Sadly, it is a meme that persists even today in spite of the fact that all manufacturers, very much including those in Japan, are sucking air and taking on water. And, no, their cars are not that much better either, they have quality and safety problems too.
For all of its ballyhooed efficiency, quality control and supposed relative superiority, the Japanese auto industry always was built on the shoulders and technology of the American manufacturers; they wanted the sales sector of the Americans and the aura of the Europeans. Since the Japanese marques first started their meteoric rise in prominence in the 70s, the holy grail for them was to compete and win on the highest stage in the world. Formula One. But the wake of the global financial meltdown has trashed their fortunes, and their goals, every bit as hard as it pounded the American car business. The pursuit of the holy grail is over, first for Honda last December, and now for Toyota:
Toyota announced Wednesday that it would give up its prized Formula One racing team in an effort to slash costs, refocus the company on green cars and turn a profit amid continued weakness in the auto sector.
Toyota, the world’s biggest automaker, joins a growing exodus of Japanese auto companies from racing, highlighting the woes facing the country’s once cash-rich manufacturers. Honda pulled out of Formula One racing in December, while the tire-maker Bridgestone said this week that it would not renew its exclusive deal to supply tires to the series when its contract expires in 2010.
Subaru and Suzuki pulled out of the World Rally Championship before the season, citing concerns about the global crisis, while Kawasaki is quitting MotoGP, the top motorcycle competition.
“I hope you will understand that based on the current business environment we have no choice but to make this very painful decision,” Akio Toyoda, the Toyota president, said at a news conference in Tokyo on Wednesday. “To all fans, I apologize from the bottom of my heart.”
Akido Toyoda literally cried as he made the announcement. Make no mistake, there was cause; he, Toyota and Japan had all lost face with the withdrawal from Formula One. The Japanese do not take loss of face lightly; their auto business is truly hurting just like the Americans.
The dream may be over for Toyota, Honda and the Japanese for now, but F1 will live on. In fact, it is not all that huge of a surprise; there has been speculation since before the season started in March that Toyota would pull out if they did not have a breakthrough season this year, and they did not, even though many things were lined up for them. Contrary to what Toyota said, it was not just the money, it was that they were not particularly competitive even in a year where they had their best equipment ever and the power teams Ferrari and McLaren were off their game and mediocre at best. In their eight years in the F1 Circus, Toyota never managed to win even one race. Still, it is a sad loss for motorsport, and F1 will be worse off for the wear. Here is hoping that Japanese, and American, auto manufacturing soon returns to form and profitability, and soon returns to the biggest sporting stage in the world, Formula One.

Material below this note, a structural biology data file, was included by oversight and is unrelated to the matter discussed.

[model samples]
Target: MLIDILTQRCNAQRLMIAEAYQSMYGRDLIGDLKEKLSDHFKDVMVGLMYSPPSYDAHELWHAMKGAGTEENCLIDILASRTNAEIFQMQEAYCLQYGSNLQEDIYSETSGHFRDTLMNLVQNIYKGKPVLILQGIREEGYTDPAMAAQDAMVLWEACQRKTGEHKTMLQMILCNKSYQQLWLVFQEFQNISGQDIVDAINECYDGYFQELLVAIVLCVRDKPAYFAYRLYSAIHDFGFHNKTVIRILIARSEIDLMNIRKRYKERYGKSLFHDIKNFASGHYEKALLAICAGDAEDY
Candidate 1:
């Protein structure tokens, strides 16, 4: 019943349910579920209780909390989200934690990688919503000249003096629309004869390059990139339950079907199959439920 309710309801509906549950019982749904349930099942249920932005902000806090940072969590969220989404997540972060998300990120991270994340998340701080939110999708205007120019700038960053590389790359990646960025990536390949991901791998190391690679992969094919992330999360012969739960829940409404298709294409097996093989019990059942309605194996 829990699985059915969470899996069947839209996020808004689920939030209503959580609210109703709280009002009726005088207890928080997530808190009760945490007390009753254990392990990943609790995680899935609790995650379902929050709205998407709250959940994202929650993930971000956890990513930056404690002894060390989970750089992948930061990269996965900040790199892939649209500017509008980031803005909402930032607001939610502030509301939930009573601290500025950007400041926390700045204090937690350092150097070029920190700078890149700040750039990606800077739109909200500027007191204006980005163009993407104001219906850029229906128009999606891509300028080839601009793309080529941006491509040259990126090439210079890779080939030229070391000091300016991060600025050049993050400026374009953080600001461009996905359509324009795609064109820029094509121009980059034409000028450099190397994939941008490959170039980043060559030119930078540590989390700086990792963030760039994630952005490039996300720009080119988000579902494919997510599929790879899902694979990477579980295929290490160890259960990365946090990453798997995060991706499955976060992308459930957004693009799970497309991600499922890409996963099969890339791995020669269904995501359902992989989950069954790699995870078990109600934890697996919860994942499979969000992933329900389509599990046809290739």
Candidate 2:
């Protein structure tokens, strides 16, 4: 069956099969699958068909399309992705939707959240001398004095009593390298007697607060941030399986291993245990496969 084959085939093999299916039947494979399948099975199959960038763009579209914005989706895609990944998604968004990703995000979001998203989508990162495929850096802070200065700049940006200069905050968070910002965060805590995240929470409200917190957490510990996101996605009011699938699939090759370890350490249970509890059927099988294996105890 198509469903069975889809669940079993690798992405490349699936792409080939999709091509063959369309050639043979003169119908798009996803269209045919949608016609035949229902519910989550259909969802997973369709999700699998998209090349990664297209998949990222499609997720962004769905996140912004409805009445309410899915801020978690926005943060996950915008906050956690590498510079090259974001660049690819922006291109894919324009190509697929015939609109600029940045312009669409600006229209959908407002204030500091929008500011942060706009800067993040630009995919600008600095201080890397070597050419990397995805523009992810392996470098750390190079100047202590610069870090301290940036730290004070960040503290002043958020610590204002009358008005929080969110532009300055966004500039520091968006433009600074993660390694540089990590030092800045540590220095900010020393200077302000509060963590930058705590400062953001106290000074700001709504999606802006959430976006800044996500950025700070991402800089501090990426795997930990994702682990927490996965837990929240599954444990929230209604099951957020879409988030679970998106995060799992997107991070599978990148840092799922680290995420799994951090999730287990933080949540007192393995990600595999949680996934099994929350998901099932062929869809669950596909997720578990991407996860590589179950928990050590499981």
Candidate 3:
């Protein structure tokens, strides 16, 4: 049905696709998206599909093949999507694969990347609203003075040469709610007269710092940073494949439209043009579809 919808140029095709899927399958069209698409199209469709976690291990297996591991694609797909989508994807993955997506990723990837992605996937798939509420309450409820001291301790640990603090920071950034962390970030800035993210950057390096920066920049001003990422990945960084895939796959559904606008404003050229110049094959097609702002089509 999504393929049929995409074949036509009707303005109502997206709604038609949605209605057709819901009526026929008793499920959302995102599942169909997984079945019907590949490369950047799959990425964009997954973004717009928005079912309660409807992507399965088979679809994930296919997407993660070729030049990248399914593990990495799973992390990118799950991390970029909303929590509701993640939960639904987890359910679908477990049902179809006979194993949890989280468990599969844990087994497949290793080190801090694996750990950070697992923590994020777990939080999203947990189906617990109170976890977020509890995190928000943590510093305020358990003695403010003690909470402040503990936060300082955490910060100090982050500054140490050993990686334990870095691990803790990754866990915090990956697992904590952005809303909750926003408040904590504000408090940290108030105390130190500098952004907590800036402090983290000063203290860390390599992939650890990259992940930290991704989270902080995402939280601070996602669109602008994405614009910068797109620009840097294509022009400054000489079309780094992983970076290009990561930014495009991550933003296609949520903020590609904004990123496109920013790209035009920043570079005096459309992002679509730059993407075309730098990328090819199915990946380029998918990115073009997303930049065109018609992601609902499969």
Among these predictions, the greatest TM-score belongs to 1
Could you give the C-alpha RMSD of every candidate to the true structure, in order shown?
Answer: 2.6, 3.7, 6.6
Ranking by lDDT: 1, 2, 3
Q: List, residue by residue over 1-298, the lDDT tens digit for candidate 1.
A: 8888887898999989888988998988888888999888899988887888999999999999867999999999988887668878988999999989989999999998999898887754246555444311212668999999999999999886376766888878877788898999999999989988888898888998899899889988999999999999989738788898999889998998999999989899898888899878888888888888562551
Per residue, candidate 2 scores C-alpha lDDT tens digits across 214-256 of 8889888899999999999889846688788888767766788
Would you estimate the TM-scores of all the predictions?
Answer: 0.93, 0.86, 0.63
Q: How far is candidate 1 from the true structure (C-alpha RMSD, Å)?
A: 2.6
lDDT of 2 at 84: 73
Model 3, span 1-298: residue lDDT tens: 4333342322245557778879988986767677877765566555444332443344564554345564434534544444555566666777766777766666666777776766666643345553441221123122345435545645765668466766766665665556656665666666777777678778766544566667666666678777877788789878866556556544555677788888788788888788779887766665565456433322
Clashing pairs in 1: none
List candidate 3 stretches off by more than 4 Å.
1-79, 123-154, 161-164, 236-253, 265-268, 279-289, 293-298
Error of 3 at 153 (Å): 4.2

National Favre League: The Cardinals at Bears is an oddly interesting game. Both teams have been wildly inconsistent, one week world beaters, the next week goats. Kurt Warner was a huge goat last week with five interceptions; he had nothing. No Urlacher though, Warner will pick it up and the Cards get a close win. The Ravens visit the Bengals. Cincy won the first one this year, can they sweep Baltimore? You have to say no, but the Bengals have been pretty solid this year; I rate it a toss up. Houston at Indy could be a good tilt, but Peyton and Reggie Wayne are too much for the upstart Texans. The Fish at the Pats looks on paper like a game to watch, but Bill Bel is coming off a bye week, thus giving him two weeks to scheme revenge for what Miami did to the Pats last year in this game. Pats will obliterate the Fish this time. The Iggles host the ‘Boys and will remind Dallas that it is a mediocre team. The Monday Night game is Steelers at Broncos. Denver plays tough, but gets its second loss in a row.
NCAA Football: It is a horrid slate of games on tap this weekend; completely unacceptable this far into November. Bleech. The only two games of interest I see are Ohio State at Penn State and the Oregon Quackers waddling into the Stanford Trees. I have no idea why, but I smell an upset by the Buckeyes over the JoePas. Oregon should take care of Stanford. Here at home I have the once mighty Trojans of USC rolling into Sun Devil Stadium for a night game. USC may be down, but they will kill the Devils.